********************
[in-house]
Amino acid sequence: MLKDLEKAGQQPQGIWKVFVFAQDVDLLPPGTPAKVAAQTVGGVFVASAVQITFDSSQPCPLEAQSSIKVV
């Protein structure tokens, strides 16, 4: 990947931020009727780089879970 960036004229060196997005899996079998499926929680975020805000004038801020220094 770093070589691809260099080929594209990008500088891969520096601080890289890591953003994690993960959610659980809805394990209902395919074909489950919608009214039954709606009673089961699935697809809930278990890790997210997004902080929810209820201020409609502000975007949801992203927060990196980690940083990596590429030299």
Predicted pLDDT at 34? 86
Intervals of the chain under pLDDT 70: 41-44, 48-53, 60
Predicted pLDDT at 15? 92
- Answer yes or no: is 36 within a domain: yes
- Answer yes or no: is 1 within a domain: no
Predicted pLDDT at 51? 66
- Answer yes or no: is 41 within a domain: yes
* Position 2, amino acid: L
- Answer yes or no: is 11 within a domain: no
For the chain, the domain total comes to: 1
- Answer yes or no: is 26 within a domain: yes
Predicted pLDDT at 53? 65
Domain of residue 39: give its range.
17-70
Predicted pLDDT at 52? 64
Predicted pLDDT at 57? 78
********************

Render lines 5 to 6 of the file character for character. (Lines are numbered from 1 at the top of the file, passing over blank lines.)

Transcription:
Intervals of the chain under pLDDT 70: 41-44, 48-53, 60
Predicted pLDDT at 15? 92